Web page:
Ninette de Valois was gifted with myriad talents. To summarise these as dancer, choreographer, artistic director and theatre administrator tells only a fraction of her story. What is lacking in such a summary are the nuances, the varying facets within each of those categories. It has required a wealth of writers, teachers, performers, colleagues, one-time students and collaborators to come together to engage with and celebrate the complexity of this remarkable woman. More details in her portrait may be gleaned from the titles of the sections into which the volume has been divided: Biography; Teaching; Wordsmith; Company; Turkey; Choreography; Collaborations; Herself. Yet these headings merely intimate the strengths of her private inner resources (her acumen, astounding foresight, dedication, daring) and the diversity of her public achievements, the realising and the steady but relentless expanding of her vision both for a company and of the potentials of dance as an art-form. Determining those strengths and that diversity is the objective of Ninette de Valois: Adventurous Traditionalist, which is based on a conference held at the Royal Ballet School in 2011.
Writing alone, however brilliant the description or the analysis, cannot hope fully to capture the vitality of theatrical performance or the rigours of the training and rehearsal schedules that underpin its virtuosity. To help remedy this lack, the book contains more than fifty photographs and includes a DVD offering more than four hours of filmed material to complement the written word. The DVD includes material recorded at the conference (including a complete performance of Yeats' The King of the Great Clock Tower, originally choreographed by de Valois and here recreated by Will Tuckett and performed by students from the Royal Ballet School) and rare archive recordings.
The intention in devising this volume has been to provide a substantial resource to assist future exploration of de Valois’ life and work and appendices outline the contents of the major collections housing materials relevant to further study. The many essays here pursue divergent approaches and encompass contrasting viewpoints. But it is without question that de Valois’ unparalleled success derived from her unshaken faith that ballet in its training methods and its repertoire must be both fearlessly adventurous and confidently traditionalist.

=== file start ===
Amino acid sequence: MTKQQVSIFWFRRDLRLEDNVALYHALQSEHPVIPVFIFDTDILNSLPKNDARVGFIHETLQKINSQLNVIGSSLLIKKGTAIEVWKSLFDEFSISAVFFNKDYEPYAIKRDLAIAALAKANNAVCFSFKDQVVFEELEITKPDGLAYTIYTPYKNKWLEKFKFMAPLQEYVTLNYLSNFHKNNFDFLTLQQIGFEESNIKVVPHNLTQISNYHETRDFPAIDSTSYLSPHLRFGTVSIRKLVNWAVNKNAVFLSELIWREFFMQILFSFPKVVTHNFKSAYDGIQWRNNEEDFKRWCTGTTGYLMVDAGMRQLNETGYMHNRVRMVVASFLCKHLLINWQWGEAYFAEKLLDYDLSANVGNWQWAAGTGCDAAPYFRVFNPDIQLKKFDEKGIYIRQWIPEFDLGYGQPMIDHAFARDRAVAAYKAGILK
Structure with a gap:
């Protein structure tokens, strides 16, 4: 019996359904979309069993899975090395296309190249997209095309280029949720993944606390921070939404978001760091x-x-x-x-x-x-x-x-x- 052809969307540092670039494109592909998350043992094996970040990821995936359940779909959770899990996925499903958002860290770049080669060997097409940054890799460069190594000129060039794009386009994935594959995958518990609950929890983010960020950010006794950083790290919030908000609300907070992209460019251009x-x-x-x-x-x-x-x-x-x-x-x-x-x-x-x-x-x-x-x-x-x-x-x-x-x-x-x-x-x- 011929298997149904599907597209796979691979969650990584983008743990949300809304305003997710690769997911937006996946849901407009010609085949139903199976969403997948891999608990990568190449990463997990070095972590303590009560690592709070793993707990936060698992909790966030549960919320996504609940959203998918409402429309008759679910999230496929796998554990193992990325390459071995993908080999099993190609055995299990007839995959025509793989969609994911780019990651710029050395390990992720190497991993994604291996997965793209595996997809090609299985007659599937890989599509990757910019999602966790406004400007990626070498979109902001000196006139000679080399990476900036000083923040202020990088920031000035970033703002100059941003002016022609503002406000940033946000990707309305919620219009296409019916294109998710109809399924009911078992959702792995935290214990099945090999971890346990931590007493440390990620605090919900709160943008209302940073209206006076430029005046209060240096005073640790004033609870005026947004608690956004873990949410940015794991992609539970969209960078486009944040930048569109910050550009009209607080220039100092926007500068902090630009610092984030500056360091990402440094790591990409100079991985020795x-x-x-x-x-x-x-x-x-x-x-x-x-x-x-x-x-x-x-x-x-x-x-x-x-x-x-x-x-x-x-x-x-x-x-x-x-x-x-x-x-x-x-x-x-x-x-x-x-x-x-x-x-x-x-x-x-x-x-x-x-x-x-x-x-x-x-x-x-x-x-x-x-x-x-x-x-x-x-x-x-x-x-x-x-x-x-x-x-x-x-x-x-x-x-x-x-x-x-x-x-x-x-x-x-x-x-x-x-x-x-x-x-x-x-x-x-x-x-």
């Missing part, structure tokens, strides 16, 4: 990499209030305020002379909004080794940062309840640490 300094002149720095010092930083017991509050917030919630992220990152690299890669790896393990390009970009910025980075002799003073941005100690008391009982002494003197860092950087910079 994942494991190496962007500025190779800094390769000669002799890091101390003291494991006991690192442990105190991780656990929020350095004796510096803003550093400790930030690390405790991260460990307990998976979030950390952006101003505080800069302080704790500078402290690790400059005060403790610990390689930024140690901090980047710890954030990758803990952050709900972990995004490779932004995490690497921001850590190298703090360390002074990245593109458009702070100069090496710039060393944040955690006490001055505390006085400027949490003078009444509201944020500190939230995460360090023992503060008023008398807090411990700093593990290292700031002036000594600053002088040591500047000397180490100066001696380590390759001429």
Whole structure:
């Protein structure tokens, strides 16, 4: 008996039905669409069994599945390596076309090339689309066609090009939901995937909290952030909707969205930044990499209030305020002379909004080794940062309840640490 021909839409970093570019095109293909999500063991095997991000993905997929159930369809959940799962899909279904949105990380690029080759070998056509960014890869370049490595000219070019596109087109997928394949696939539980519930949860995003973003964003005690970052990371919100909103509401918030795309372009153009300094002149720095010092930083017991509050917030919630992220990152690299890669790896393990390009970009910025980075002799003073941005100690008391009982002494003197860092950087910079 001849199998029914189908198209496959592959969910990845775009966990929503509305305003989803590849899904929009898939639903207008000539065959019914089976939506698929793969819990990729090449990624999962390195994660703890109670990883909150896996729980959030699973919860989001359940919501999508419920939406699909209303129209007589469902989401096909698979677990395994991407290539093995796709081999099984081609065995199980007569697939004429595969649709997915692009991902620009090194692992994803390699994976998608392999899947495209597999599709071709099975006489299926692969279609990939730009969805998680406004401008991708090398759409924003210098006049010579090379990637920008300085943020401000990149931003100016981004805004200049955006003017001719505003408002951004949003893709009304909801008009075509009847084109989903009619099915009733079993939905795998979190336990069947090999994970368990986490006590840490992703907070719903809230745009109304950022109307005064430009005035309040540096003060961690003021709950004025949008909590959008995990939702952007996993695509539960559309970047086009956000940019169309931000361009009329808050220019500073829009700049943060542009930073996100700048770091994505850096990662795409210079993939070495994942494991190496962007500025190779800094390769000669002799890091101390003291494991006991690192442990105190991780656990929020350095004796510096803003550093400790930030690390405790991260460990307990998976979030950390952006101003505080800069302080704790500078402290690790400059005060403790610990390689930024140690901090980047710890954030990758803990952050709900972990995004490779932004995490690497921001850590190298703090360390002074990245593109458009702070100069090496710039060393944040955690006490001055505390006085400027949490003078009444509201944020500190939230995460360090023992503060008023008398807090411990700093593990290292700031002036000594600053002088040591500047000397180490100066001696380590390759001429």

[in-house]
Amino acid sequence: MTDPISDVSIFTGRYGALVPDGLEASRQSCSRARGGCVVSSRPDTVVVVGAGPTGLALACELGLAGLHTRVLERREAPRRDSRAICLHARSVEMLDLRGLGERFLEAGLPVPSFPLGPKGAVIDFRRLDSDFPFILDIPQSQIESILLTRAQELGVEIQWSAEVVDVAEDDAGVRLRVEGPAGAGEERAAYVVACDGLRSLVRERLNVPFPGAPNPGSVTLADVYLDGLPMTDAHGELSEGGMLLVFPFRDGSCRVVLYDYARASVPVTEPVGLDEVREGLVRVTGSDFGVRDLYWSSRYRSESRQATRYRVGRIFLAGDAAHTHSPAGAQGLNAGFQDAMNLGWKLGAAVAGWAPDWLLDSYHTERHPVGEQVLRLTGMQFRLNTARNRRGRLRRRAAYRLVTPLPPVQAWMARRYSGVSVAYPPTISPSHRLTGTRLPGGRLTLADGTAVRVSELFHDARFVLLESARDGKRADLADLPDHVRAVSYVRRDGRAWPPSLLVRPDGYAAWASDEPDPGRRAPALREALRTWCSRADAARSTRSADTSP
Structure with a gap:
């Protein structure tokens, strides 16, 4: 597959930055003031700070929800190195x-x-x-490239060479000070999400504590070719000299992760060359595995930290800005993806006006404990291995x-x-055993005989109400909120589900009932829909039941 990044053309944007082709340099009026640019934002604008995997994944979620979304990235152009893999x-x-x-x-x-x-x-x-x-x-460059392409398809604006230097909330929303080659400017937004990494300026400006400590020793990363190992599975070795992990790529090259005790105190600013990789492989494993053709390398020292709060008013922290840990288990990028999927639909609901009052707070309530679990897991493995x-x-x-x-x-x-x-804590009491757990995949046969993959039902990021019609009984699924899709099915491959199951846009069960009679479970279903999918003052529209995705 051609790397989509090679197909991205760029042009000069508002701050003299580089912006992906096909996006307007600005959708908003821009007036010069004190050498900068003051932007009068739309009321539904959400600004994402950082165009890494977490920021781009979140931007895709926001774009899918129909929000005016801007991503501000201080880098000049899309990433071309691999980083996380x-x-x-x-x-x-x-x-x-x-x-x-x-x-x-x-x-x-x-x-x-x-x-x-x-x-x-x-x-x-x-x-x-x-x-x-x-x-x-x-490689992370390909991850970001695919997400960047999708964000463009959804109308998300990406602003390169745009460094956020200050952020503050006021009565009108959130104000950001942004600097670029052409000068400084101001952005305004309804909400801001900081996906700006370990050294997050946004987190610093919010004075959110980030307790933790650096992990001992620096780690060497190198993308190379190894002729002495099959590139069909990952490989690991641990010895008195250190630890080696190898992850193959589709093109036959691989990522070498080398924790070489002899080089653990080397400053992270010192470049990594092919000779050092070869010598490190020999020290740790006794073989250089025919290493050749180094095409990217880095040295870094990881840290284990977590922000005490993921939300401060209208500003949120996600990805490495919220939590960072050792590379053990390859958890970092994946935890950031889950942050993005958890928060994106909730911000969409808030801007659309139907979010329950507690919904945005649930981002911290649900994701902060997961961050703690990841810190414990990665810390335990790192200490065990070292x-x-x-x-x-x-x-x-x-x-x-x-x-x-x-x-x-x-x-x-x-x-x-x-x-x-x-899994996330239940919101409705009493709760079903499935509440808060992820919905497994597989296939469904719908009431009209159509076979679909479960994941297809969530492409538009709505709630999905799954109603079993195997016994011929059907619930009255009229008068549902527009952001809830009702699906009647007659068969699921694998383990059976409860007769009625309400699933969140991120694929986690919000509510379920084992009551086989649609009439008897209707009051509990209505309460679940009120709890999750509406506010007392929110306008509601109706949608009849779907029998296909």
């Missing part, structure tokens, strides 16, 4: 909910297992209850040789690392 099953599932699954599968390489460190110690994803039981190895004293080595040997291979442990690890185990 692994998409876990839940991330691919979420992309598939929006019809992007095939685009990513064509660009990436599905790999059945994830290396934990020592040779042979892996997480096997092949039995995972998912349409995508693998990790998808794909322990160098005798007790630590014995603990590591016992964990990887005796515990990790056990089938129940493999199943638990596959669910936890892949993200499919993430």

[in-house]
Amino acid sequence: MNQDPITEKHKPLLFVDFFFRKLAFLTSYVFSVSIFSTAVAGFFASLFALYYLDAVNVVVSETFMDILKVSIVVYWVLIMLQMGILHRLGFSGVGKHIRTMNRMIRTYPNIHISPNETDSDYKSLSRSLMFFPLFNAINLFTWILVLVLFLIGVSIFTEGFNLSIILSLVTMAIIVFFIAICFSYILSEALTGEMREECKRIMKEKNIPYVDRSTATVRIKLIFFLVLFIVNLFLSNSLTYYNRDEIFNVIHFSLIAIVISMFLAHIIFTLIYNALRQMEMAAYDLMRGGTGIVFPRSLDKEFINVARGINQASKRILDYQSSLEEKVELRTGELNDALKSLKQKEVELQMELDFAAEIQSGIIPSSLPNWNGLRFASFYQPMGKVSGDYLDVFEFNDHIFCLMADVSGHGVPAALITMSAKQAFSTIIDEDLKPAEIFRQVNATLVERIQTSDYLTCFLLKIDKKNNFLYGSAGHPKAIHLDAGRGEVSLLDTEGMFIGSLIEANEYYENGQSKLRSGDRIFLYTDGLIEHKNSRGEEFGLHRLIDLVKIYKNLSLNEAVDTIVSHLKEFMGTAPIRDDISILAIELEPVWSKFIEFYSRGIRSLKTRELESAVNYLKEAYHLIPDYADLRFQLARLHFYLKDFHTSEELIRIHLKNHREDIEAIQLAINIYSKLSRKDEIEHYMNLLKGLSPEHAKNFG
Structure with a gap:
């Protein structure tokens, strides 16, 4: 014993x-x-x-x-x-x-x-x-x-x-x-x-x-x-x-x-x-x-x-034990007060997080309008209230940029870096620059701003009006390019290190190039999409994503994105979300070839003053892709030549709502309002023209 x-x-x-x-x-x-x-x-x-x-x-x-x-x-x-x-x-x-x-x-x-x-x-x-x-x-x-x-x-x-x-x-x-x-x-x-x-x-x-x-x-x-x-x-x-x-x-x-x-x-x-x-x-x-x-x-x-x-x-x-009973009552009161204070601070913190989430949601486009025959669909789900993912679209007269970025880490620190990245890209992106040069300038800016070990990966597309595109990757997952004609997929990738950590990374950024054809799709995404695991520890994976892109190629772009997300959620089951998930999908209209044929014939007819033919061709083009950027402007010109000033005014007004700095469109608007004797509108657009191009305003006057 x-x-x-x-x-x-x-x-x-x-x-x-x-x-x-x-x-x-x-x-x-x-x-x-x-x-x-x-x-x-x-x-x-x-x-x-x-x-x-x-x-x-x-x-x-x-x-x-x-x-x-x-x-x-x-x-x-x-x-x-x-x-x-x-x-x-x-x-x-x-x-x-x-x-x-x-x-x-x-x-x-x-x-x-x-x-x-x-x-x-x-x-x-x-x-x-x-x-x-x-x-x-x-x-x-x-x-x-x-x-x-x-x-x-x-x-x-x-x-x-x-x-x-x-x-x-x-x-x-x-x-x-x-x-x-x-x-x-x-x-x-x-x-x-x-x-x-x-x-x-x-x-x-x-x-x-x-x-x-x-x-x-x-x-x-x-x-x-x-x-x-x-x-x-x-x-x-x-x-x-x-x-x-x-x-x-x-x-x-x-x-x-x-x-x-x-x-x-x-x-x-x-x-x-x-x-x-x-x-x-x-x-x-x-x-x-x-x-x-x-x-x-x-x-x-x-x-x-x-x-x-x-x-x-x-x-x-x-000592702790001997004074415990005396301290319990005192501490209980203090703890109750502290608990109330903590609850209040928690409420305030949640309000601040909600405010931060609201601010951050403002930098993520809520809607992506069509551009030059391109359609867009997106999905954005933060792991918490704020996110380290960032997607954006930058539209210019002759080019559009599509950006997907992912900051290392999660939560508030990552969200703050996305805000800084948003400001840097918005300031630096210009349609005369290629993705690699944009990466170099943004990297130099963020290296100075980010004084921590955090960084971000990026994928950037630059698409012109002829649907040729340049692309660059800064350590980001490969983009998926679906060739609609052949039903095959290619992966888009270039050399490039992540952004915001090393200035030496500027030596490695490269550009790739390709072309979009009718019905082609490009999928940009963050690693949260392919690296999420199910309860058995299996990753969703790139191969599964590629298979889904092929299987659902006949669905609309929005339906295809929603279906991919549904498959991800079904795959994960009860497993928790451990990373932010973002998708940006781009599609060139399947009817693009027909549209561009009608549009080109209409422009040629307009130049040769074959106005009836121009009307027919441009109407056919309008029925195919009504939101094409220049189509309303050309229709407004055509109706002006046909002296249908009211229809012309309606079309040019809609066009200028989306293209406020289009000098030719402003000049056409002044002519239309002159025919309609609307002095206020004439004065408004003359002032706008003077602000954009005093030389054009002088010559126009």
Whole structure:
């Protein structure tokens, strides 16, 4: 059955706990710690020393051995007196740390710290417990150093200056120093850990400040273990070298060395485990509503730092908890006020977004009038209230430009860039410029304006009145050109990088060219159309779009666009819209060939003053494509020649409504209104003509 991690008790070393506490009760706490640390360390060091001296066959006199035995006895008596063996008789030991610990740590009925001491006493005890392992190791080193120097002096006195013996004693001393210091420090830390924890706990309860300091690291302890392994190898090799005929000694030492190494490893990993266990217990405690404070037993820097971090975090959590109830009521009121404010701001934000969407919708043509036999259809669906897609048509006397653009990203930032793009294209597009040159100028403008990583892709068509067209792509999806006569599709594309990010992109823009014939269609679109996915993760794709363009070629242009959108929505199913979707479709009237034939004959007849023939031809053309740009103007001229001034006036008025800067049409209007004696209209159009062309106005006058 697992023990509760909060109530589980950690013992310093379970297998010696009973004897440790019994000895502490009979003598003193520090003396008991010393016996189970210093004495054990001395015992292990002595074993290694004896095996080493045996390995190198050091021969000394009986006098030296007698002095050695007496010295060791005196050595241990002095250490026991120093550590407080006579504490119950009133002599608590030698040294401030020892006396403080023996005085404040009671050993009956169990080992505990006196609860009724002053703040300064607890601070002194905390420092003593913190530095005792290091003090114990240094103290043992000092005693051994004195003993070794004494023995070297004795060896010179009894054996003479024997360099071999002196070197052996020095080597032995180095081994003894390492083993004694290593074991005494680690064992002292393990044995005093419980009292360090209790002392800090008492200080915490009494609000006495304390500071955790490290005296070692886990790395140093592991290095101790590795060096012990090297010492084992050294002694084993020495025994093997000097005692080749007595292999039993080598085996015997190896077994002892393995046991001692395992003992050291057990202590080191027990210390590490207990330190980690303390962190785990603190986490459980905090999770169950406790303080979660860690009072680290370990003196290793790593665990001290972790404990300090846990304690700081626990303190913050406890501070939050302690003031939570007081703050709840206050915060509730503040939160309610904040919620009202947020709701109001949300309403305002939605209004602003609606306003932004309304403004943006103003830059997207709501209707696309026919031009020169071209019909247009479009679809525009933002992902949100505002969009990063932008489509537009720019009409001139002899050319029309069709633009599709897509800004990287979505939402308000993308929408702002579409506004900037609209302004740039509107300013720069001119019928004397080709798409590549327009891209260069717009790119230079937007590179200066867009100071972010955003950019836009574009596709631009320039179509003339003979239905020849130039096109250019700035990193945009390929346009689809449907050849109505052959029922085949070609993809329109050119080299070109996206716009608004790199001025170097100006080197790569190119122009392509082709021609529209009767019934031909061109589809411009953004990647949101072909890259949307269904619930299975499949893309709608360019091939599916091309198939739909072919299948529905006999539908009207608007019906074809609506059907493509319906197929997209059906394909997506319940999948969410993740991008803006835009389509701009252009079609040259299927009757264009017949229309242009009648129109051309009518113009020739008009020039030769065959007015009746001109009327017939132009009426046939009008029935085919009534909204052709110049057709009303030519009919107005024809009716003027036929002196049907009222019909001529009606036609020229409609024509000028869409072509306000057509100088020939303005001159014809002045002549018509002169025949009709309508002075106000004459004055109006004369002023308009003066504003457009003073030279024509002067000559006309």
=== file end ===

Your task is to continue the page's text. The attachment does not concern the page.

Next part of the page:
Contributors to the book include Valerie Adams, Rupert Christiansen, Susie Crow, Kate Flatt, Beth Genné, Richard Glasstone, Ann Hutchinson Guest, Jennifer Jackson, Nicola Katrak, Patricia Linton, Alastair Macaulay, Anna Meadmore, Geraldine Morris, Victoria O'Brien, Jann Parry, Giannandrea Poesio, and Jane Pritchard.
Libby Worth is a Senior Lecturer in Theatre Practice at Royal Holloway, University of London where she convenes postgraduate programmes in Physical Theatre and teaches courses on site responsive performance, dance and theatre, and scoring. Trained in dance with Anna Halprin, she qualified as a practitioner of the Feldenkrais Method® in 2010. Her published works include Anna Halprin (2004) co-authored with Helen Poynor and essays on Jenny Kempe, Halprin, Pina Bausch, Caryl Churchill and Ian Spink, and analyses of processes in performance-making. She is currently working on a cross-disciplinary performance, Step Feather Stitch, with visual artist Julie Brixey-Williams and on a co-authored book on dance theatre.
Richard Allen Cave is Professor Emeritus in Drama and Theatre Arts at Royal Holloway, University of London, where he taught from 1984 to 2008. He has published extensively in the fields of Renaissance Drama (Jonson, Webster, Brome, Shakespeare), Modern English and Irish Theatre (Wilde, Yeats, T.C. Murray, McGuinness, Friel) and in dance and movement studies, including most recently Collaborations: Ninette de Valois and William Butler Yeats (Dance Books, 2011). Professor Cave is also a trained Feldenkrais practitioner, who works on vocal techniques with professional actors and on extending movement skills with performers in physical theatre.